"No proceedings for compensation shall be maintainable hereunder unless a written claim for compensation shall be served upon the employer by delivering such written claim to him or to his duly authorized agent, or by delivering such written claim to him by registered mail within ninety (90) days after the accident, ..."

The foregoing provision is now G.S. 1961 Supp., 44-520a. Such provision remains the same except the ninety days for serving the written claim has been changed to one hundred eighty days.

We will first consider the following question presented by appellants:

"Was the claimant barred from receiving compensation because of his failure to serve the respondent with written claim for compensation within 180 days from the date of the alleged accident as required by G.S. 1961, Supp., 44-520a, and G.S. 1961, Supp., 44-557?"

Appellants contend that even though the employer has actual notice, or is given notice by the employee under the provisions of G.S. 1949, 44-520, the employer has no duty to report the accident to the Workmen's Compensation Director unless "such accidental injuries are sufficient wholly or partially to incapacitate the person injured from labor or service for more than the remainder of the day, shift or turn on which such accidental injury was sustained."

We cannot agree with the foregoing contention. The appellants rely on the first proviso of G.S. 1961 Supp., 44-557, but ignore the first of the two provisos that were added to that section in 1957. The first proviso so added must be given effect. It provides:

"That no limitation of time in this act provided shall begin to run unless a report of the accident as hereinbefore provided has been filed at the office of the Kansas workmen's compensation commissioner if the injured workman shall have given his notice of injury as provided by section 44-520 of the General Statutes of 1949: ..."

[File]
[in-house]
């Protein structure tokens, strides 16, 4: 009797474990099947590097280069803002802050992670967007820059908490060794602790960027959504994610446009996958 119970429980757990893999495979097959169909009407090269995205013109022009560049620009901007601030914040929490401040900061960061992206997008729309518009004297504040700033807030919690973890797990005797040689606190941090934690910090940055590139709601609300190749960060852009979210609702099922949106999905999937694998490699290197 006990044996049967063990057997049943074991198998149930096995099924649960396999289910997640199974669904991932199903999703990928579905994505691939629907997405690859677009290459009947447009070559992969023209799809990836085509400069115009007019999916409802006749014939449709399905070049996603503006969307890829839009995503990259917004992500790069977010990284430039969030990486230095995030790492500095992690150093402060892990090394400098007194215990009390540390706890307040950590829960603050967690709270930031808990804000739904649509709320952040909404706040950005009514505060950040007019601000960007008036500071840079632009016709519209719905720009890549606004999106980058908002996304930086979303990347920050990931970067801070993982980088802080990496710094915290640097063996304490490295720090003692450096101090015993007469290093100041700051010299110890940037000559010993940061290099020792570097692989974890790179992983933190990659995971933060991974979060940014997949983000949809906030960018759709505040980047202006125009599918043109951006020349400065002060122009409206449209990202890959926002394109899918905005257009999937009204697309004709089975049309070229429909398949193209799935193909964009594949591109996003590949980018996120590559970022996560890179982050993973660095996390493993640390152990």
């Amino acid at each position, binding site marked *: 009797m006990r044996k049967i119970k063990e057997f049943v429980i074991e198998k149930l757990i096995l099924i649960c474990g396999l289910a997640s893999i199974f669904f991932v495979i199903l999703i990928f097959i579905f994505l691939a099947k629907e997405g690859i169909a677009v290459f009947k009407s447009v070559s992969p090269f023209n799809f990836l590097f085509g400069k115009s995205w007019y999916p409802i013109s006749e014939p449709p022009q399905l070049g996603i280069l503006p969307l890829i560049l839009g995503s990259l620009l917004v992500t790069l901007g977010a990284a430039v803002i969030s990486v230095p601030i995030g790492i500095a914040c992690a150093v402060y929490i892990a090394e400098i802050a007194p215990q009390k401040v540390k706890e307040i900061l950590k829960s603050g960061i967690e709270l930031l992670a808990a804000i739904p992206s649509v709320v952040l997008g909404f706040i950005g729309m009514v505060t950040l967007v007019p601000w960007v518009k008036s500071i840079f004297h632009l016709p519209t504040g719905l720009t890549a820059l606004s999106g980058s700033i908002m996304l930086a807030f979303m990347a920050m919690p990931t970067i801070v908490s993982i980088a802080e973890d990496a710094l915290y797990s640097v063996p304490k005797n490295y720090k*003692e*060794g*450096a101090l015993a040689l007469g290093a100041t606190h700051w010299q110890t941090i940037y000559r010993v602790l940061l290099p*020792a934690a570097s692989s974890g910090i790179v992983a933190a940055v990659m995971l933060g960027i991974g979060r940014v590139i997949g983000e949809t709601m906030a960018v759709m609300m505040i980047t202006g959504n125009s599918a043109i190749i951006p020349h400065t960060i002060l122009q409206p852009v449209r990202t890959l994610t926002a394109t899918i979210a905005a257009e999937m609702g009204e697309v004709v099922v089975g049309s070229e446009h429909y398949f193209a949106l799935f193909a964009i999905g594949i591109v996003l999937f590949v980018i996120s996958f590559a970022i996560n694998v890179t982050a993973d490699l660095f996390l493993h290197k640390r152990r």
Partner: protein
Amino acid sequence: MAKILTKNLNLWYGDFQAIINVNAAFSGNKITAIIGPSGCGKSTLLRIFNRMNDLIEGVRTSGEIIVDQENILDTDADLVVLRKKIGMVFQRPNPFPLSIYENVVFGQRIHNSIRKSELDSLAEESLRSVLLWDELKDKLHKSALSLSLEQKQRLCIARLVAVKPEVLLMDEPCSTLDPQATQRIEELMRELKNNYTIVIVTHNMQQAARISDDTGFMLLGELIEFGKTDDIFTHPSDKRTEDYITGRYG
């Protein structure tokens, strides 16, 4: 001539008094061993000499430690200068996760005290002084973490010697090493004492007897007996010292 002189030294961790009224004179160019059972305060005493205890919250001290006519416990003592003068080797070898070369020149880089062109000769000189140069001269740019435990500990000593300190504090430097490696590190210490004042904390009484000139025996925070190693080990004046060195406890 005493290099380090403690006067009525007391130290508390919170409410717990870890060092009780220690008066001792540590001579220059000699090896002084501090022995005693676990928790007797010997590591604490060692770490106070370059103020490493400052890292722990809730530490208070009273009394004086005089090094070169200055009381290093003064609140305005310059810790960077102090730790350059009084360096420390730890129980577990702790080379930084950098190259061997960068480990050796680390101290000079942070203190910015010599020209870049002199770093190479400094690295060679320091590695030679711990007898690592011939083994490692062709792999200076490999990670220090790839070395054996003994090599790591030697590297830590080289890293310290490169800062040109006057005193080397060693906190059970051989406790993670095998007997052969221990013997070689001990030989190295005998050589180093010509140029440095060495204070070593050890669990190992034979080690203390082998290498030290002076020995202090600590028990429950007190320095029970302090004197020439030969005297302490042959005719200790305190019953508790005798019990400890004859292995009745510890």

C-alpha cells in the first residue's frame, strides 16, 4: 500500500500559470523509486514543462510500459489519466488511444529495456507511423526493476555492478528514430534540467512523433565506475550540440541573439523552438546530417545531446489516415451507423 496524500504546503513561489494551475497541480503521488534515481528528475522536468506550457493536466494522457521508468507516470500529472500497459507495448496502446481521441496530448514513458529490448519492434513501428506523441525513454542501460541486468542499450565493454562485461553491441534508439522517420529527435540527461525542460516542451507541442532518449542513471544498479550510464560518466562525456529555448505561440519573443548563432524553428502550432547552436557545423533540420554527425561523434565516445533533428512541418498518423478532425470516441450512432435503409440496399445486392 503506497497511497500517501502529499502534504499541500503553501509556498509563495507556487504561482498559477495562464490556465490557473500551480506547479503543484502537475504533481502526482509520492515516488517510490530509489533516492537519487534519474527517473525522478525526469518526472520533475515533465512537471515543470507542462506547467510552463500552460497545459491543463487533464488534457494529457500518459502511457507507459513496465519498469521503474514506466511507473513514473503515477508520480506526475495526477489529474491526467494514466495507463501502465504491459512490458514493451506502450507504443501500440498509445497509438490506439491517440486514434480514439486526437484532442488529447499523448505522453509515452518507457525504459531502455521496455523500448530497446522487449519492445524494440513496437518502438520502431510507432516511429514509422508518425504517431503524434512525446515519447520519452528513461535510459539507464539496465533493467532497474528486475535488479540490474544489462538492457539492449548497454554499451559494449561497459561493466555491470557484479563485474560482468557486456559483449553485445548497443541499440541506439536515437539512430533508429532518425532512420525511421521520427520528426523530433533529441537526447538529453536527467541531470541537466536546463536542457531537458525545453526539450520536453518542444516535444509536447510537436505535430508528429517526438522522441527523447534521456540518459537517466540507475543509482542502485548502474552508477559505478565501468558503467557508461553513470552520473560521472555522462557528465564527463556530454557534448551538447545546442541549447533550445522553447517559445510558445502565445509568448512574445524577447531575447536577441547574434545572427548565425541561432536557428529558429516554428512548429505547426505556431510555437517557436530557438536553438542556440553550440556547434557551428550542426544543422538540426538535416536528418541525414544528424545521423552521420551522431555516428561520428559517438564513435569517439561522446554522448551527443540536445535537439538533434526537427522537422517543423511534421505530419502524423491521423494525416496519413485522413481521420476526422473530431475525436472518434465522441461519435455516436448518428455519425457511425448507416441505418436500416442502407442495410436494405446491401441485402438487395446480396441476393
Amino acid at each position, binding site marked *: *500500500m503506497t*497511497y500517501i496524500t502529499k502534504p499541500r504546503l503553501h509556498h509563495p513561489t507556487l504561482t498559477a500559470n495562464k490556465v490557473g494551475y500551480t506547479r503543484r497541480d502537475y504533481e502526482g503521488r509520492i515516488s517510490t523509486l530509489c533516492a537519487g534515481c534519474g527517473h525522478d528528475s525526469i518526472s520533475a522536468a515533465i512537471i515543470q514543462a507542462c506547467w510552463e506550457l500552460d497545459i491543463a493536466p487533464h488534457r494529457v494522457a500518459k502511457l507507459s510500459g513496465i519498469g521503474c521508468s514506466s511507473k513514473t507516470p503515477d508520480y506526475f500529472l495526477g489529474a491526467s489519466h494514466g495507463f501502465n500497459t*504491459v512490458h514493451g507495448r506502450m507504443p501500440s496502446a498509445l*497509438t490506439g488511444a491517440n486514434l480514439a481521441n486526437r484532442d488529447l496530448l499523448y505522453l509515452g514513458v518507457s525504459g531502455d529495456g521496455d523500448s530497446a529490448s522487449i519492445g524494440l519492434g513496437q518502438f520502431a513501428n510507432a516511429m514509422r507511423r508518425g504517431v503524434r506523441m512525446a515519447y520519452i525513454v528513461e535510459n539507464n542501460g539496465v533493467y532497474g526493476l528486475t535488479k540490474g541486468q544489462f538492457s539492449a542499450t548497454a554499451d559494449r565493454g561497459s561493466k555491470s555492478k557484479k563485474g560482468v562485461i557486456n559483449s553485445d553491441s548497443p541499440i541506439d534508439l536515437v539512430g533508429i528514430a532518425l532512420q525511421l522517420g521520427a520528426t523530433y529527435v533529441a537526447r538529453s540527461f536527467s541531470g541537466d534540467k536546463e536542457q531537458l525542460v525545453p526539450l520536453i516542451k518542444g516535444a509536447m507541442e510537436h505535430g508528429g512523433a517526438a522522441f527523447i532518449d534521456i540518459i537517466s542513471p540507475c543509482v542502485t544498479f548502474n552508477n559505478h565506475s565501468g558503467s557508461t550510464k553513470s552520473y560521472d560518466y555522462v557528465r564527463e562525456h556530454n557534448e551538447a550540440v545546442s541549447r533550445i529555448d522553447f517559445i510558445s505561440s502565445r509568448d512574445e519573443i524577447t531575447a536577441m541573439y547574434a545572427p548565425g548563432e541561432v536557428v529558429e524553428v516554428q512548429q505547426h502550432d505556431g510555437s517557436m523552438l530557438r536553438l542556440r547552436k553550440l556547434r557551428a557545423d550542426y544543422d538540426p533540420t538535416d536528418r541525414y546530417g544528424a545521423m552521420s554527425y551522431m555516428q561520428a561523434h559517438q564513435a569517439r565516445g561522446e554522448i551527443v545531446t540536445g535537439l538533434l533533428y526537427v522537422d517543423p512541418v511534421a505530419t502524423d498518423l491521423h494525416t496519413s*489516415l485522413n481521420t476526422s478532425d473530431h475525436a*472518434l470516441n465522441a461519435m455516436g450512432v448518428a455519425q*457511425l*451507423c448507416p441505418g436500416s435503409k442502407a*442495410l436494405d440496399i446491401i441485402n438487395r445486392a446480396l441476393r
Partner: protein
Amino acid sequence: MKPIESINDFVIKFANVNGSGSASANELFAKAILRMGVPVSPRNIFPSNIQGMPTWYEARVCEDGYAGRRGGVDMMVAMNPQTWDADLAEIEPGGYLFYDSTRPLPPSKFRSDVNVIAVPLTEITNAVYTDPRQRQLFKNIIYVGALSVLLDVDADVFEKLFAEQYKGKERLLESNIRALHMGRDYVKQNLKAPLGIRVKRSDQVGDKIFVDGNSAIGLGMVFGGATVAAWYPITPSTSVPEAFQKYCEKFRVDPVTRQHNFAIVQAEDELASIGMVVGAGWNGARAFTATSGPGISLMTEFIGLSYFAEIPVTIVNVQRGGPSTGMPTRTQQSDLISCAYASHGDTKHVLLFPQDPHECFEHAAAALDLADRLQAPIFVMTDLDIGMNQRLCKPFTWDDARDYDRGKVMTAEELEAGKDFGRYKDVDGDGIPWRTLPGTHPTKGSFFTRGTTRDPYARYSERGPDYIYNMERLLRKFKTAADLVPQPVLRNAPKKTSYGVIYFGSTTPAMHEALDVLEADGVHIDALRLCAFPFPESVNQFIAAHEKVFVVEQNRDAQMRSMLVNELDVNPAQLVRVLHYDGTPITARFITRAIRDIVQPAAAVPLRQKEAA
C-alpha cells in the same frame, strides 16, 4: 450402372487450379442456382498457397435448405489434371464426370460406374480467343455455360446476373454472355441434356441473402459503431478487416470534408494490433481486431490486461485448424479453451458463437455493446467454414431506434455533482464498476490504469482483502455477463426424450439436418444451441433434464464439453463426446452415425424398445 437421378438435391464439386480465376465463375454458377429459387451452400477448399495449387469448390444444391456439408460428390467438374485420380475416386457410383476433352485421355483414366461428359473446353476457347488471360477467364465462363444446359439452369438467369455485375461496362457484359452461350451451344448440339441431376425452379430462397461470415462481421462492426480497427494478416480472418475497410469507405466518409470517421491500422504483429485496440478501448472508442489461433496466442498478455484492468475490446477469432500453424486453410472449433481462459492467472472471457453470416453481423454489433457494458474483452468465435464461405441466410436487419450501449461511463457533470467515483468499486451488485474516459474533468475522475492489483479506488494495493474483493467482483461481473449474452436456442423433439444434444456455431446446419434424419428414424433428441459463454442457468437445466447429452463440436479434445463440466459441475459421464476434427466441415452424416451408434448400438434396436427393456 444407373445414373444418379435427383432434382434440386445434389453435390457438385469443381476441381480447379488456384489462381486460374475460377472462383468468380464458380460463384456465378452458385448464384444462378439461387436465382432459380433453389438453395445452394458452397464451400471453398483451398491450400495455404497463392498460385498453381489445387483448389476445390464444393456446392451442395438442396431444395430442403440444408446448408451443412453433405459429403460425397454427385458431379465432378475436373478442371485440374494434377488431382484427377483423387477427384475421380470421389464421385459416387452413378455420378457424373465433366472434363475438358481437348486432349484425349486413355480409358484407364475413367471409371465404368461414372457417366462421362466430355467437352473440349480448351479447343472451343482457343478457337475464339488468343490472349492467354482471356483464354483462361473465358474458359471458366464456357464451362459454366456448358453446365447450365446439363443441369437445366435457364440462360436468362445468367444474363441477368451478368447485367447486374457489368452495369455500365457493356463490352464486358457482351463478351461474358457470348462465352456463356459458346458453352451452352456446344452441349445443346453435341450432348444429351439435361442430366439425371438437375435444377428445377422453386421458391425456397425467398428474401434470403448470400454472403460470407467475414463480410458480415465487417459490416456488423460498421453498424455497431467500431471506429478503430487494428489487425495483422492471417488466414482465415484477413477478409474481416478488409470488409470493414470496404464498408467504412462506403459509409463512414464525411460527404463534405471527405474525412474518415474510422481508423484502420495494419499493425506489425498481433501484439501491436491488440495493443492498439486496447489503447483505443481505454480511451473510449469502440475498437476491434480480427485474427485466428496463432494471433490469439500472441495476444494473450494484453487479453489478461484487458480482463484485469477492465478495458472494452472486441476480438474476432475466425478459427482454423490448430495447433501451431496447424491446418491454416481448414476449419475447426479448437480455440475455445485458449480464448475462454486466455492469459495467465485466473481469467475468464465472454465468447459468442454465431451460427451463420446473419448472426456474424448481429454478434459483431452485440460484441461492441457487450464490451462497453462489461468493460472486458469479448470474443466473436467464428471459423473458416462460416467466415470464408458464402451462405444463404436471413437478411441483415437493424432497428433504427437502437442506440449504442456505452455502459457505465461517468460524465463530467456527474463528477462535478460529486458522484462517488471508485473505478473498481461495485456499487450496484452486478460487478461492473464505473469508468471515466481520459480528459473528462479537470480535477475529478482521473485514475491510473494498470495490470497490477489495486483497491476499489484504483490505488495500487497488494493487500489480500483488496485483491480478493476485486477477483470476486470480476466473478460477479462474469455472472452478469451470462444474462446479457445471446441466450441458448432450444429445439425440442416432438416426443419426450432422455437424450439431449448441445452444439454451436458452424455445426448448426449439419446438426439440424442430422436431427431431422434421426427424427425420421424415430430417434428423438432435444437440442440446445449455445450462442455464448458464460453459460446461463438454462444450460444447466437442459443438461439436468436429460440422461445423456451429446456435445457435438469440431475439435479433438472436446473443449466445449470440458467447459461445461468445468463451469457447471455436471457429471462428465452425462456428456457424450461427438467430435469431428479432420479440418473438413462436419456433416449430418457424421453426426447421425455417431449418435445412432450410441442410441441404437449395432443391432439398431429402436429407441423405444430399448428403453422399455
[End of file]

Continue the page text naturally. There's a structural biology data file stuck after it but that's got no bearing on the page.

*155 Knowledge of the accident by the employer or his duly authorized agent, or notice to the employer within ten days of the accident is all that is required by G.S. 1949, 44-520. When the employer or his agent has knowledge of the accident all limitations in the act are suspended if the employer fails to file a report of the accident as provided for in G.S. 1961 Supp., 44-557. The record in this case discloses the claimant (employee) notified his dock foreman of the accident within seven days after it occurred.

G.S. 1961 Supp., 44-520a, is not mentioned as a notice requirement in G.S. 1961 Supp., 44-557. It is therefore one of the limitations of time, in the act, which does not begin to run unless the employer files a report of the accident at the office of the workmen's compensation director.

The employer having failed to file the report of the accident, there was no time limit in which the claimant (employee) must serve written claim for compensation on it, except as necessary to commence proceedings for compensation before the Workmen's Compensation Director within one year.

There are a number of recent cases touching on this question. In Wilson v. Santa Fe Trail Transportation Co., 185 Kan. 725, 347 P.2d 235, it is said and held: